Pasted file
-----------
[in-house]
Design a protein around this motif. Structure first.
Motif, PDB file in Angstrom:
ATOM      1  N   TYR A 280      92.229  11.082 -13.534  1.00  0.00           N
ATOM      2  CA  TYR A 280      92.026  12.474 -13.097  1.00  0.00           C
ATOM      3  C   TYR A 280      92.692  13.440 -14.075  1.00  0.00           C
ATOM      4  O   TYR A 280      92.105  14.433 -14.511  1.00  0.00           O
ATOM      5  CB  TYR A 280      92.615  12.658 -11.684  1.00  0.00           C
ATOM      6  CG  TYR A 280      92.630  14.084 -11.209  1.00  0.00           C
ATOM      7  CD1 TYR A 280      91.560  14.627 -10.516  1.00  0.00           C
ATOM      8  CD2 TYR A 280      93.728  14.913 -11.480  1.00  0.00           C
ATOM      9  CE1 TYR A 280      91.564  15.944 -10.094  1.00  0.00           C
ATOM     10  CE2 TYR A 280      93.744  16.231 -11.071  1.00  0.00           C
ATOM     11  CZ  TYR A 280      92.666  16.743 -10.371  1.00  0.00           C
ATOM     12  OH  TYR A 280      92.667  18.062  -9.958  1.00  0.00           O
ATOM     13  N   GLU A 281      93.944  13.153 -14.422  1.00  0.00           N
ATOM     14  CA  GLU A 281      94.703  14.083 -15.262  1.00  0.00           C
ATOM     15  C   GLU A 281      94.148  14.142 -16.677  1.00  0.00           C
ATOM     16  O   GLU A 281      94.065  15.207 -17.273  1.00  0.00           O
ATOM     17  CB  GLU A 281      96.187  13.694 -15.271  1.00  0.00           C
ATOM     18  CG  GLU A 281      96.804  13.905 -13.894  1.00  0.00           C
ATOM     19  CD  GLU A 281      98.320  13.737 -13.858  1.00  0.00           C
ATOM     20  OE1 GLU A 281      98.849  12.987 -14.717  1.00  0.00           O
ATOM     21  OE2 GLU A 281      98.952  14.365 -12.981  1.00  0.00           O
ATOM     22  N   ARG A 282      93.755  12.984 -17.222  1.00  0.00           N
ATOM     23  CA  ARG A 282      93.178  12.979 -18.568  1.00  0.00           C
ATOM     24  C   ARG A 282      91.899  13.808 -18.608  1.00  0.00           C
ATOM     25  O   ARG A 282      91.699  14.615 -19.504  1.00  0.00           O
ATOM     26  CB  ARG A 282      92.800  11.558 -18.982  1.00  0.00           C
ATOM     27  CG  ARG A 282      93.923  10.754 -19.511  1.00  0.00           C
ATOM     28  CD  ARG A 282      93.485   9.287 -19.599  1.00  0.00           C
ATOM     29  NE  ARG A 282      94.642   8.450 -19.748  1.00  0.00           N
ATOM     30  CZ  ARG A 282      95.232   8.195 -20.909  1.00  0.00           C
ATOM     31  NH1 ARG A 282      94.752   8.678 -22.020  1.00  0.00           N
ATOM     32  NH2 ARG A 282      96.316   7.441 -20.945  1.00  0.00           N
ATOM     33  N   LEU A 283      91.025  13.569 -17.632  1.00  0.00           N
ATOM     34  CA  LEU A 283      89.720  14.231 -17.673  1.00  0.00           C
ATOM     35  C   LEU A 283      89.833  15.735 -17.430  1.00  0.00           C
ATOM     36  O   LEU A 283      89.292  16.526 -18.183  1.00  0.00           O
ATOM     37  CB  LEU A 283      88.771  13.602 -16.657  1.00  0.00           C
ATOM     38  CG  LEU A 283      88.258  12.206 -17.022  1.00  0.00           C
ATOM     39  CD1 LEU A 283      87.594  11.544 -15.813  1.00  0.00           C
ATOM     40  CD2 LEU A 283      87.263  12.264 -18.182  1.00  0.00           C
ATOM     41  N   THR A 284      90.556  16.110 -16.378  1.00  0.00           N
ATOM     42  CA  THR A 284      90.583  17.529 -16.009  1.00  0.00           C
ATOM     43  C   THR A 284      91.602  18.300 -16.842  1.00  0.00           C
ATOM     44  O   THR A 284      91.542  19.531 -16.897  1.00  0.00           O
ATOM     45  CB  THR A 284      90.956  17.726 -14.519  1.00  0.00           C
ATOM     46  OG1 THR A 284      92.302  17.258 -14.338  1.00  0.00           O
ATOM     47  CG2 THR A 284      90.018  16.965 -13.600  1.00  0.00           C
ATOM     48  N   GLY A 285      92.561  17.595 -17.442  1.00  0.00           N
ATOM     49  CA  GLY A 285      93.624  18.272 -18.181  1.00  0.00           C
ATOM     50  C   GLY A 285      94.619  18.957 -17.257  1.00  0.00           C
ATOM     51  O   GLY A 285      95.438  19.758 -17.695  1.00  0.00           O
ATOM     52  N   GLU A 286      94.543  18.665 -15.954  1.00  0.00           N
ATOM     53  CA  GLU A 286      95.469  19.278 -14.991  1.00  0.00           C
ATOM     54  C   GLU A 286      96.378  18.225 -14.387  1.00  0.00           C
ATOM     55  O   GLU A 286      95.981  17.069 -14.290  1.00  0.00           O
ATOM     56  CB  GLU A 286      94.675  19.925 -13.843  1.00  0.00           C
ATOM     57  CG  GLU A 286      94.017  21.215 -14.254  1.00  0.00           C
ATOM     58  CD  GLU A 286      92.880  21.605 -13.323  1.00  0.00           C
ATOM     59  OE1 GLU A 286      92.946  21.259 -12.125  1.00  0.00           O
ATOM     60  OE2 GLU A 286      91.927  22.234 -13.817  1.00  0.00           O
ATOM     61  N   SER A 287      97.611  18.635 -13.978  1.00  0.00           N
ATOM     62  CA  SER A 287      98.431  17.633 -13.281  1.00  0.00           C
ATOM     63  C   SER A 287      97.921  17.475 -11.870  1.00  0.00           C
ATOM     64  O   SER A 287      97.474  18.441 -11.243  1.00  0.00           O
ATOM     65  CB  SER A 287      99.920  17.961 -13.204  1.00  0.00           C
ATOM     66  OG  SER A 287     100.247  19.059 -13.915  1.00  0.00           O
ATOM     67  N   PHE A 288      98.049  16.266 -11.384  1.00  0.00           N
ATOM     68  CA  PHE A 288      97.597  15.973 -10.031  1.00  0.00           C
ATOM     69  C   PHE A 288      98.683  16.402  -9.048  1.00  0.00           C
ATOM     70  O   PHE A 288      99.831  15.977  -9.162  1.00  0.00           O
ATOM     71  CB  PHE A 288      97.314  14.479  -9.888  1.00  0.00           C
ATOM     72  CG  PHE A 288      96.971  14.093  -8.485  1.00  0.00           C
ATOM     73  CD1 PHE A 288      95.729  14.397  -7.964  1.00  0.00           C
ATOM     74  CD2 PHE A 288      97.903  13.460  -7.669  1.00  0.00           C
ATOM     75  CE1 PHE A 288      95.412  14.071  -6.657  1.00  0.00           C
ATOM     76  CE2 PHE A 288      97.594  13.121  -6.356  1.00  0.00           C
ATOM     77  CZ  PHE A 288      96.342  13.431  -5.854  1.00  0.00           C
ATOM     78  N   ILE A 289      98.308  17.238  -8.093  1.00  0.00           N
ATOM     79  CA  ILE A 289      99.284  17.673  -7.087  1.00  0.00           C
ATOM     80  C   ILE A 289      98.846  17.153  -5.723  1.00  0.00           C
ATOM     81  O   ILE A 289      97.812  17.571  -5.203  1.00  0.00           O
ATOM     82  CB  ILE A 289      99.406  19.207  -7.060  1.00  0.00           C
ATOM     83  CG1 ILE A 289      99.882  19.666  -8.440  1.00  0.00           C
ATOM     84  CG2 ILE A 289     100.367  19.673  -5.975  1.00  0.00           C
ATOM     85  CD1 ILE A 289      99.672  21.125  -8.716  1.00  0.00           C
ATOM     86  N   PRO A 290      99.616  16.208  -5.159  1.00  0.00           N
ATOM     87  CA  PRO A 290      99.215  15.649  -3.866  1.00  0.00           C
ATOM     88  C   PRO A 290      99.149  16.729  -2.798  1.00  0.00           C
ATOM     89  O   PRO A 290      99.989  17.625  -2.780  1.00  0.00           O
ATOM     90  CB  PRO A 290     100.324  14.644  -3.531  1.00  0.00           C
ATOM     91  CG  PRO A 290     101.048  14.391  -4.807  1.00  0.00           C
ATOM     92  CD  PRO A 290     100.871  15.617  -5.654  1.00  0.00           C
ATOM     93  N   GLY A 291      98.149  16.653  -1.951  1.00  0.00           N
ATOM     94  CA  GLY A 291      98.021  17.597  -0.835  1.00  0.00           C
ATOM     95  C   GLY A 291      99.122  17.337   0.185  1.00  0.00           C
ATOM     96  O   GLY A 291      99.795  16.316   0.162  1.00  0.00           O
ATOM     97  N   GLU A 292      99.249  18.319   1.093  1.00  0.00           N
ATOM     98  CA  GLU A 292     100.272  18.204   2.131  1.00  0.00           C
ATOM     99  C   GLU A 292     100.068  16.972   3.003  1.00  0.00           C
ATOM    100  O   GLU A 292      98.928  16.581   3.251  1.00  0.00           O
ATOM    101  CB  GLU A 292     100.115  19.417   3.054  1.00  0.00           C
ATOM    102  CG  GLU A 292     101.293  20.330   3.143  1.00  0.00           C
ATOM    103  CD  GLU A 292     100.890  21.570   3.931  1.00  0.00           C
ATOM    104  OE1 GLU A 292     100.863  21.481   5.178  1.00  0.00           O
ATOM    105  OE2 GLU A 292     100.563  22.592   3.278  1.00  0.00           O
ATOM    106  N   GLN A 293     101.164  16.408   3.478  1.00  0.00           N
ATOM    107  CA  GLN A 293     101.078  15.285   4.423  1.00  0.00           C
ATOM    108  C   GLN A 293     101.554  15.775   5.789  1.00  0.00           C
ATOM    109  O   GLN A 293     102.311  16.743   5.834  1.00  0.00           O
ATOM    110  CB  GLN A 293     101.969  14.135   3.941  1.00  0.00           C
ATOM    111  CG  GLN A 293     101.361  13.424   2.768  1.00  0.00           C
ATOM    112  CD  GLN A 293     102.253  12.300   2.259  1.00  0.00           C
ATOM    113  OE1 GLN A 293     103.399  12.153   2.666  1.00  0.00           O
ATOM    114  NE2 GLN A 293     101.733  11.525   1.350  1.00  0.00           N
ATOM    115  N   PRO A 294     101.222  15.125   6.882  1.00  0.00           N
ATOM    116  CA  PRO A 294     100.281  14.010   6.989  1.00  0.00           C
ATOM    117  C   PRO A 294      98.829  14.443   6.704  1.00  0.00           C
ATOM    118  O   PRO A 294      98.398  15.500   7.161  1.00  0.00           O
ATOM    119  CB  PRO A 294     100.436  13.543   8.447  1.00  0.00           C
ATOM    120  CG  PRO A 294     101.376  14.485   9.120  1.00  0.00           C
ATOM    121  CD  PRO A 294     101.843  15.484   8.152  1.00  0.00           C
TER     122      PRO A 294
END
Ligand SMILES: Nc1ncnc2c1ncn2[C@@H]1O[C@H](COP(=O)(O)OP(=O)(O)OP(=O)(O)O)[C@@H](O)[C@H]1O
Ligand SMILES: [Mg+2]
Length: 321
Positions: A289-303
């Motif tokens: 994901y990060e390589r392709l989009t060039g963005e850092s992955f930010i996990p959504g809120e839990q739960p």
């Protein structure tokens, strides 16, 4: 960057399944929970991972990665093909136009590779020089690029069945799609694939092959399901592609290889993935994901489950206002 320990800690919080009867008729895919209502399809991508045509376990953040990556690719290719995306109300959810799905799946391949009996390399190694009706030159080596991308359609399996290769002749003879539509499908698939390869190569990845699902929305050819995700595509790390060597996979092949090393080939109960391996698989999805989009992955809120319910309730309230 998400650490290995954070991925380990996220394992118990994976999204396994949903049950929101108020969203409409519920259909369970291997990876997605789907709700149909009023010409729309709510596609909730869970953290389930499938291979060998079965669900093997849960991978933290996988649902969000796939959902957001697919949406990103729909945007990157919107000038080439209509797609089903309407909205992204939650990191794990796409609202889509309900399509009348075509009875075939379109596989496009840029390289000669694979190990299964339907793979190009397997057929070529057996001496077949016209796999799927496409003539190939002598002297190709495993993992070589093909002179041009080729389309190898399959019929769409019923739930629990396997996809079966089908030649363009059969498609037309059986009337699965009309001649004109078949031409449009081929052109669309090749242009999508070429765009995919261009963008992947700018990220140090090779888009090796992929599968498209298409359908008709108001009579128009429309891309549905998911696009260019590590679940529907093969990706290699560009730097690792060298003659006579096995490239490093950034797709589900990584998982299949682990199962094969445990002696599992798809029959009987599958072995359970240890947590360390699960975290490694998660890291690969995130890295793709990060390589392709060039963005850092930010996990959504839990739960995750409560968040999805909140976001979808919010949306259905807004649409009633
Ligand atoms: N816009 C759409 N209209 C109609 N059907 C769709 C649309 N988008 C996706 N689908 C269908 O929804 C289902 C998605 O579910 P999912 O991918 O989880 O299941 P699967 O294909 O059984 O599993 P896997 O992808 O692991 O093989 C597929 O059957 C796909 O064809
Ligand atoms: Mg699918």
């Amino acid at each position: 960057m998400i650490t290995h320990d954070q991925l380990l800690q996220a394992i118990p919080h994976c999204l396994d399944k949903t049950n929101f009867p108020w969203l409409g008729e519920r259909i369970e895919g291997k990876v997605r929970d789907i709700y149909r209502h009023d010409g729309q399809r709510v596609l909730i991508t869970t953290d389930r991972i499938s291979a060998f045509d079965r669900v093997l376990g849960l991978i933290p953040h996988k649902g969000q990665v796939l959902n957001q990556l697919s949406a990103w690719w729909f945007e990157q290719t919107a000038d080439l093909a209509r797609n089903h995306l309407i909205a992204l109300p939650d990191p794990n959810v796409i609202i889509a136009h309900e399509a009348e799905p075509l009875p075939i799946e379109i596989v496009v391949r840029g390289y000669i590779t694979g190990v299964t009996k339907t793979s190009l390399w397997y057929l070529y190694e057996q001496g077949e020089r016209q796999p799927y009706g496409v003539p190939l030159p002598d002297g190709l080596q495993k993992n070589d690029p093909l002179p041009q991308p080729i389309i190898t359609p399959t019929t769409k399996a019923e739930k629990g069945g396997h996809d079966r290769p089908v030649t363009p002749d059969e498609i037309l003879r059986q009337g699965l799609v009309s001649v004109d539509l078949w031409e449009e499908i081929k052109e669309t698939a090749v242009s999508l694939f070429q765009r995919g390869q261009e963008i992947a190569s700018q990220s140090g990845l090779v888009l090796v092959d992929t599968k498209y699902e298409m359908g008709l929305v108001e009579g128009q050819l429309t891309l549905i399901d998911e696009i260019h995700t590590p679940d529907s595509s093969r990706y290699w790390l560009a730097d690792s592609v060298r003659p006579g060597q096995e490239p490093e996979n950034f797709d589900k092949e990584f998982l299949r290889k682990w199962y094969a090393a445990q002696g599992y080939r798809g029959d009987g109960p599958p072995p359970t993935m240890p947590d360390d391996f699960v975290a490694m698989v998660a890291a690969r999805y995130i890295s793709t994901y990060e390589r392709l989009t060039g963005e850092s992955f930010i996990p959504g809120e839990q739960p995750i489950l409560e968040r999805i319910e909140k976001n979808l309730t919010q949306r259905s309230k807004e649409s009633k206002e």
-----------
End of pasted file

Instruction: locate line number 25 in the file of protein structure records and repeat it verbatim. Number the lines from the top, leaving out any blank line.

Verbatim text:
ATOM     22  N   ARG A 282      93.755  12.984 -17.222  1.00  0.00           N